Karl and Sarah Worley’s restaurant concept Biscuit Love had its beginnings in an Airstream trailer food truck named Lilly. From those humble first steps, the Worleys have now opened three brick-and-mortar establishments in the Nashville, Tennessee, area that can attract lines of customers, hungry for biscuits and other Southern fare. Sarah and Karl are a husband and wife team, both of whom hold culinary degrees from Johnson & Wales. Together, they have tapped into something genuine, by focusing on ingredients, technique, and community. Biscuit Love locally sources as much as possible, serving dishes that make both Nashville natives and tourists feel at home. The Biscuit Love team will be a part of our upcoming annual picnic and gathering—hosting brunch at The Factory on April 15th— so we spoke with Karl as a way to introduce the company to the uninitiated.
AC: Who taught you how to make biscuits?
KW: I watched my grandmother as a child. I never took the time to learn from her, unfortunately. I taught myself as an adult.
AC: Almost every biscuit maker has a special family-based story around their biscuit recipes. I think that is the same case with you. Would you like to talk about that?
KW: I think biscuits are one of those personal things. My grandmother’s drop biscuit recipe is the same for me. It takes me back home every time I make them.
AC: Both Karl and Sarah have culinary degrees from Johnson & Wales. That being said, how did the simple biscuit become the centerpiece of your business?
KW: Sarah was the brilliant one behind that, but I believe it speaks to so many southerners personally. We are honored to carry on the tradition.
AC: You started as a food truck? What gave you the idea and the gumption to serve biscuits from a food truck?
KW: Yes…a borrowed one. (Thanks, Jason.) Sarah told me my hot chicken (before the craze) idea would never work! She suggested biscuits, and I liked the idea of serving sandwiches from a food truck!
AC: You now have 3 locations and your restaurants often have a line of customers willing to wait quite a while to get inside. How did you make the decision to expand?
KW: #Blessed! We had always wanted to see where the business would go. We love what we do, and think we have built a platform to have Biscuit Love locations in a few areas!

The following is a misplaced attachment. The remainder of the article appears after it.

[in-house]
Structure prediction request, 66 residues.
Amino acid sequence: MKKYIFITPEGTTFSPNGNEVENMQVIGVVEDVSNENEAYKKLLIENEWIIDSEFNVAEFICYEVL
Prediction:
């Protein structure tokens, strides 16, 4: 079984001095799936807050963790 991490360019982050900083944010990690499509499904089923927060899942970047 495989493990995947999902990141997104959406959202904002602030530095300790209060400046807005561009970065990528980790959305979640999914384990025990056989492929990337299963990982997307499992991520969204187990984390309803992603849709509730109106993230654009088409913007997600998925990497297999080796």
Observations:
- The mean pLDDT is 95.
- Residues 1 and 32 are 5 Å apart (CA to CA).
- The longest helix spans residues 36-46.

AC: Why do you think you have been able to cultivate such community support?
KW: We serve honest food! We try to serve amazing Southern food that touches something in a person’s soul.
AC: A biscuit may seem like a simple offering, but making a truly great biscuit is an art. Do you have any secrets to share or tips to improve biscuit making technique?
KW: Use GREAT ingredients, cast iron is your friend, and pick a recipe and keep perfecting it. It is like riding a bike. It takes a while to get the hang of it, but after you do, you don’t forget how!
AC: You also serve other classic Southern dishes that are simple but elevated. How do you decide which dishes make the cut?
KW: I usually begin with an idea, and work to get a dish out for Sarah and our family to try. I am not afraid of honest feedback as to if the dish should hit the menu. Sarah is a great visionary of if the dish will work and how to better execute it!
AC: Basing your entire business around a biscuit seems like a risky undertaking, and yet you have been undeniably successful. How do you balance trend and tradition, and how do you think you are able to appeal to both tourists and locals so successfully?
KW: I think breakfast is one of those meals that naturally makes people happy. We didn’t go into it with that in mind, but I am glad we chose the breakfast space for that reason.
AC: I imagine it can be tricky to navigate running a business with your spouse. How do you negotiate those hurdles? Or, has it been a natural fit for you?
KW: We are still learning every day. If anyone has pointers, I am all ears. We are learning to work in our strength areas and know when to hold tight to what is important to each of us. We try to be a little better every day with it!
AC: At Alabama Chanin, it is essential to our product that we create relationships with our makers and choose the right sources and suppliers. What part does this play in your philosophy?
KW: It is one of the things we are most proud of. We still source around 50% of what we use locally. I wouldn’t have it any other way. Forming partnerships with people who have amazing products and being able to actually call and talk to my vendors is a big reason I love the business. We have seen some of our vendors grow as we grow, which is an amazing feeling!
AC: How many biscuits would you estimate that you serve on an average Saturday?
KW: 3500… Whew, that is a lot of biscuits from 5-6 dedicated people!
AC: And is it true that you don’t use an electric mixer for your biscuit dough?
KW: Never… you have to feel the dough to know what it’s telling you!
Experience Biscuit Love firsthand in Florence on April 15th during The Gathering. Brunch will be served in two seatings and advance registration is required. Reserve your seat here.